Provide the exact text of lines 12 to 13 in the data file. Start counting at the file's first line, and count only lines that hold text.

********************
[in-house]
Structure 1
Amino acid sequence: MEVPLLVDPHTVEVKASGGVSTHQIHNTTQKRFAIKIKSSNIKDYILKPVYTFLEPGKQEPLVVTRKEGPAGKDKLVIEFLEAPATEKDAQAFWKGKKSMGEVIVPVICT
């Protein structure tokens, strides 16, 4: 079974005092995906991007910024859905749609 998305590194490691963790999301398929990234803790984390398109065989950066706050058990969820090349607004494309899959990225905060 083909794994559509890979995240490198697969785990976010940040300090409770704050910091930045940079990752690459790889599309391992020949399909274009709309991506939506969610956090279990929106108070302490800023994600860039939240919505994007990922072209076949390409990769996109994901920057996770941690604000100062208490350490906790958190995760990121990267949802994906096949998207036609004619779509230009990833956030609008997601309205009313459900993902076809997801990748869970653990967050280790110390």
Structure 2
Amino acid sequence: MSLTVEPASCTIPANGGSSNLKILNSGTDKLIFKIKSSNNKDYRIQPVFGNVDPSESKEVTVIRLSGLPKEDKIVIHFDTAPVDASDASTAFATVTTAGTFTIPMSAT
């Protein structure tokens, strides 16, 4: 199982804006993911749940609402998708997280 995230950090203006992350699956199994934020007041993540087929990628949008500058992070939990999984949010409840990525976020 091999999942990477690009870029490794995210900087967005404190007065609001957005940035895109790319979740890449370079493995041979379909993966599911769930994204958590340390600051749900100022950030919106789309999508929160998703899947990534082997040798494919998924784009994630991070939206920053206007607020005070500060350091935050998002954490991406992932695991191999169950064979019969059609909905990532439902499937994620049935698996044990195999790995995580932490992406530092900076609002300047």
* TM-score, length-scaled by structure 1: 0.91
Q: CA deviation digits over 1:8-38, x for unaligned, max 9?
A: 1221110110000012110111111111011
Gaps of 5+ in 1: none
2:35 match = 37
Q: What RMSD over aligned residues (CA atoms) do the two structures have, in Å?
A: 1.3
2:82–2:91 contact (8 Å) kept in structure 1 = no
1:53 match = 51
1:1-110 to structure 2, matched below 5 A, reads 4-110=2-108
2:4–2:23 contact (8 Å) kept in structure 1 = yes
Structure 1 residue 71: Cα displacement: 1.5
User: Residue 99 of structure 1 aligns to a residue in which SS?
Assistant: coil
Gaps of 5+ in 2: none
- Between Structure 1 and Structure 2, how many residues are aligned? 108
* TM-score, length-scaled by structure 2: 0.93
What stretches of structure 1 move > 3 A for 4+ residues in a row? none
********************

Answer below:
2:35 match = 37
Q: What RMSD over aligned residues (CA atoms) do the two structures have, in Å?